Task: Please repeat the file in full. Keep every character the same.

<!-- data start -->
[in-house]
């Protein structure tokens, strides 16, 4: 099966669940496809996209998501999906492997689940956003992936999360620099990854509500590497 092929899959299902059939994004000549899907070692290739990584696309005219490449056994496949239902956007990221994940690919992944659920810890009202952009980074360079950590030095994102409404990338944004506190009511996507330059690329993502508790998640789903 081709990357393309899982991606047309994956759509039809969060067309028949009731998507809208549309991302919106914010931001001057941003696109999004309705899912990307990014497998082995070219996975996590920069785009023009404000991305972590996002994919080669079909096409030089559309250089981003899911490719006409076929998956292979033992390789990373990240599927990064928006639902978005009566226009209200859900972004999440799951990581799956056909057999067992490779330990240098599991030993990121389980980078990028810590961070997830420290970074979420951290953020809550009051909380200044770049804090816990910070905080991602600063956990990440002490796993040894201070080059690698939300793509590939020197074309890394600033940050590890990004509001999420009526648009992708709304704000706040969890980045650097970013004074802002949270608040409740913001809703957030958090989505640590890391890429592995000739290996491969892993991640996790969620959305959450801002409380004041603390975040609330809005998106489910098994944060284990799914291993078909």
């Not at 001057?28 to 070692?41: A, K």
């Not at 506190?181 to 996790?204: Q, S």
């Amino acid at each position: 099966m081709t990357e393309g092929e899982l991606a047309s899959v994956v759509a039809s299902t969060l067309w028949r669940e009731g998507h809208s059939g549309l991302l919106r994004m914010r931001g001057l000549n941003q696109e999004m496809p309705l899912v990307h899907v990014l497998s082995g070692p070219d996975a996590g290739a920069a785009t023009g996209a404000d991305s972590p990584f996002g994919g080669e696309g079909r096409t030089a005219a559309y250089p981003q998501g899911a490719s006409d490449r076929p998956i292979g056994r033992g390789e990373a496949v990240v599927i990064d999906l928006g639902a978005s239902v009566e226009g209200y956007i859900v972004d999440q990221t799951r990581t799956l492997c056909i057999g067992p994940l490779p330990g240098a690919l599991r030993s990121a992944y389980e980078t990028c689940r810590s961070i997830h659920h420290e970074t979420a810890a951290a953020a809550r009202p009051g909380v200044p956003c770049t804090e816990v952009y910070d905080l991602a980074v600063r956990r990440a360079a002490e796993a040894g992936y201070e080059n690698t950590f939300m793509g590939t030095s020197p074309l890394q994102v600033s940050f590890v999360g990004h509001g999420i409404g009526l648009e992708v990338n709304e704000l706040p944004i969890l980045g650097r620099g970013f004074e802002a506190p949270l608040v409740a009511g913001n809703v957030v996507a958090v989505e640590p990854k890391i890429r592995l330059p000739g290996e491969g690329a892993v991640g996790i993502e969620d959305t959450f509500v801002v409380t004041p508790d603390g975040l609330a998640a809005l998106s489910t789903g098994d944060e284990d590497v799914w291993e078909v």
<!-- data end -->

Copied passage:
[in-house]
């Protein structure tokens, strides 16, 4: 099966669940496809996209998501999906492997689940956003992936999360620099990854509500590497 092929899959299902059939994004000549899907070692290739990584696309005219490449056994496949239902956007990221994940690919992944659920810890009202952009980074360079950590030095994102409404990338944004506190009511996507330059690329993502508790998640789903 081709990357393309899982991606047309994956759509039809969060067309028949009731998507809208549309991302919106914010931001001057941003696109999004309705899912990307990014497998082995070219996975996590920069785009023009404000991305972590996002994919080669079909096409030089559309250089981003899911490719006409076929998956292979033992390789990373990240599927990064928006639902978005009566226009209200859900972004999440799951990581799956056909057999067992490779330990240098599991030993990121389980980078990028810590961070997830420290970074979420951290953020809550009051909380200044770049804090816990910070905080991602600063956990990440002490796993040894201070080059690698939300793509590939020197074309890394600033940050590890990004509001999420009526648009992708709304704000706040969890980045650097970013004074802002949270608040409740913001809703957030958090989505640590890391890429592995000739290996491969892993991640996790969620959305959450801002409380004041603390975040609330809005998106489910098994944060284990799914291993078909």
């Not at 001057?28 to 070692?41: A, K």
């Not at 506190?181 to 996790?204: Q, S």
């Amino acid at each position: 099966m081709t990357e393309g092929e899982l991606a047309s899959v994956v759509a039809s299902t969060l067309w028949r669940e009731g998507h809208s059939g549309l991302l919106r994004m914010r931001g001057l000549n941003q696109e999004m496809p309705l899912v990307h899907v990014l497998s082995g070692p070219d996975a996590g290739a920069a785009t023009g996209a404000d991305s972590p990584f996002g994919g080669e696309g079909r096409t030089a005219a559309y250089p981003q998501g899911a490719s006409d490449r076929p998956i292979g056994r033992g390789e990373a496949v990240v599927i990064d999906l928006g639902a978005s239902v009566e226009g209200y956007i859900v972004d999440q990221t799951r990581t799956l492997c056909i057999g067992p994940l490779p330990g240098a690919l599991r030993s990121a992944y389980e980078t990028c689940r810590s961070i997830h659920h420290e970074t979420a810890a951290a953020a809550r009202p009051g909380v200044p956003c770049t804090e816990v952009y910070d905080l991602a980074v600063r956990r990440a360079a002490e796993a040894g992936y201070e080059n690698t950590f939300m793509g590939t030095s020197p074309l890394q994102v600033s940050f590890v999360g990004h509001g999420i409404g009526l648009e992708v990338n709304e704000l706040p944004i969890l980045g650097r620099g970013f004074e802002a506190p949270l608040v409740a009511g913001n809703v957030v996507a958090v989505e640590p990854k890391i890429r592995l330059p000739g290996e491969g690329a892993v991640g996790i993502e969620d959305t959450f509500v801002v409380t004041p508790d603390g975040l609330a998640a809005l998106s489910t789903g098994d944060e284990d590497v799914w291993e078909v």